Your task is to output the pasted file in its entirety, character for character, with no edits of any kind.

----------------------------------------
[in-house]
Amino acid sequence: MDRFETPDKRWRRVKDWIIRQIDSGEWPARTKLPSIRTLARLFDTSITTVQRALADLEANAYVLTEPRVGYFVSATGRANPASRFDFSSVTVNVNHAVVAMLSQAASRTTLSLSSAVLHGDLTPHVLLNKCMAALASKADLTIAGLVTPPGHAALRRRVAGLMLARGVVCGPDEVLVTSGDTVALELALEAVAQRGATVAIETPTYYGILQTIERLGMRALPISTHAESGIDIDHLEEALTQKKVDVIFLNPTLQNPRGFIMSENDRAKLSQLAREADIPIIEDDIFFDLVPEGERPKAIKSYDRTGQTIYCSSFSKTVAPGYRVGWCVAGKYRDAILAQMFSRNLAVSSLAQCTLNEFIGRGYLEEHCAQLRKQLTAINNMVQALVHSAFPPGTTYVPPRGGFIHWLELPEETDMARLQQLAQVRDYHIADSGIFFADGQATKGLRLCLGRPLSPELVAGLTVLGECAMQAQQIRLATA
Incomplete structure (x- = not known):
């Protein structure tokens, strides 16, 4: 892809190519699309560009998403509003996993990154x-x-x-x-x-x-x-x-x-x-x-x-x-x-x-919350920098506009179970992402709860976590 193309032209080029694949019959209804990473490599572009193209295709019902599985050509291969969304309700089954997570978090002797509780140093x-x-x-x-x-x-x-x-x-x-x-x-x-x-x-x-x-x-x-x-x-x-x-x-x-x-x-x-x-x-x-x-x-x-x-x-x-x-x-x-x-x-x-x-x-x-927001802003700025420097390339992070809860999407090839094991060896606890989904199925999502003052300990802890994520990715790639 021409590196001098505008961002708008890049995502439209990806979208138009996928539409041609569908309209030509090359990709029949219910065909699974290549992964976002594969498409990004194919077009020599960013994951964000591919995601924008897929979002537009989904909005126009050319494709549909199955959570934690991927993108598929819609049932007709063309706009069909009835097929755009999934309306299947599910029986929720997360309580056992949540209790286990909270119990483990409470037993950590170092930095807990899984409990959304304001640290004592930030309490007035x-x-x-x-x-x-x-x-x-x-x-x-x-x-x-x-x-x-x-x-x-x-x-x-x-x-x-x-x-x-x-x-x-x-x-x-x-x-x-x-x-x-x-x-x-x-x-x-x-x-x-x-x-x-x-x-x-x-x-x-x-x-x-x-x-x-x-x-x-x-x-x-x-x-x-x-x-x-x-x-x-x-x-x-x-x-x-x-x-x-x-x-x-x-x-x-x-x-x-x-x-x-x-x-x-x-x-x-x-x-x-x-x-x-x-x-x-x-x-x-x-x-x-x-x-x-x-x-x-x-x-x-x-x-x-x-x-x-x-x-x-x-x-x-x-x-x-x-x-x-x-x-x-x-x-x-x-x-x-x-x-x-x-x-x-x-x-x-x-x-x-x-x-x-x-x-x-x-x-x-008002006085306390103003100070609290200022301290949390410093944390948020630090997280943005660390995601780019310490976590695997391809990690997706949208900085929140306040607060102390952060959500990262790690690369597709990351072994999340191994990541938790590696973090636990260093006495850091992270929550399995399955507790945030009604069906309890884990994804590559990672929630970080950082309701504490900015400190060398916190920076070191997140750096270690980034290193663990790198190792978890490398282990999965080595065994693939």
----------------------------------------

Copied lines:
[in-house]
Amino acid sequence: MDRFETPDKRWRRVKDWIIRQIDSGEWPARTKLPSIRTLARLFDTSITTVQRALADLEANAYVLTEPRVGYFVSATGRANPASRFDFSSVTVNVNHAVVAMLSQAASRTTLSLSSAVLHGDLTPHVLLNKCMAALASKADLTIAGLVTPPGHAALRRRVAGLMLARGVVCGPDEVLVTSGDTVALELALEAVAQRGATVAIETPTYYGILQTIERLGMRALPISTHAESGIDIDHLEEALTQKKVDVIFLNPTLQNPRGFIMSENDRAKLSQLAREADIPIIEDDIFFDLVPEGERPKAIKSYDRTGQTIYCSSFSKTVAPGYRVGWCVAGKYRDAILAQMFSRNLAVSSLAQCTLNEFIGRGYLEEHCAQLRKQLTAINNMVQALVHSAFPPGTTYVPPRGGFIHWLELPEETDMARLQQLAQVRDYHIADSGIFFADGQATKGLRLCLGRPLSPELVAGLTVLGECAMQAQQIRLATA
Incomplete structure (x- = not known):
């Protein structure tokens, strides 16, 4: 892809190519699309560009998403509003996993990154x-x-x-x-x-x-x-x-x-x-x-x-x-x-x-919350920098506009179970992402709860976590 193309032209080029694949019959209804990473490599572009193209295709019902599985050509291969969304309700089954997570978090002797509780140093x-x-x-x-x-x-x-x-x-x-x-x-x-x-x-x-x-x-x-x-x-x-x-x-x-x-x-x-x-x-x-x-x-x-x-x-x-x-x-x-x-x-x-x-x-x-927001802003700025420097390339992070809860999407090839094991060896606890989904199925999502003052300990802890994520990715790639 021409590196001098505008961002708008890049995502439209990806979208138009996928539409041609569908309209030509090359990709029949219910065909699974290549992964976002594969498409990004194919077009020599960013994951964000591919995601924008897929979002537009989904909005126009050319494709549909199955959570934690991927993108598929819609049932007709063309706009069909009835097929755009999934309306299947599910029986929720997360309580056992949540209790286990909270119990483990409470037993950590170092930095807990899984409990959304304001640290004592930030309490007035x-x-x-x-x-x-x-x-x-x-x-x-x-x-x-x-x-x-x-x-x-x-x-x-x-x-x-x-x-x-x-x-x-x-x-x-x-x-x-x-x-x-x-x-x-x-x-x-x-x-x-x-x-x-x-x-x-x-x-x-x-x-x-x-x-x-x-x-x-x-x-x-x-x-x-x-x-x-x-x-x-x-x-x-x-x-x-x-x-x-x-x-x-x-x-x-x-x-x-x-x-x-x-x-x-x-x-x-x-x-x-x-x-x-x-x-x-x-x-x-x-x-x-x-x-x-x-x-x-x-x-x-x-x-x-x-x-x-x-x-x-x-x-x-x-x-x-x-x-x-x-x-x-x-x-x-x-x-x-x-x-x-x-x-x-x-x-x-x-x-x-x-x-x-x-x-x-x-x-x-008002006085306390103003100070609290200022301290949390410093944390948020630090997280943005660390995601780019310490976590695997391809990690997706949208900085929140306040607060102390952060959500990262790690690369597709990351072994999340191994990541938790590696973090636990260093006495850091992270929550399995399955507790945030009604069906309890884990994804590559990672929630970080950082309701504490900015400190060398916190920076070191997140750096270690980034290193663990790198190792978890490398282990999965080595065994693939």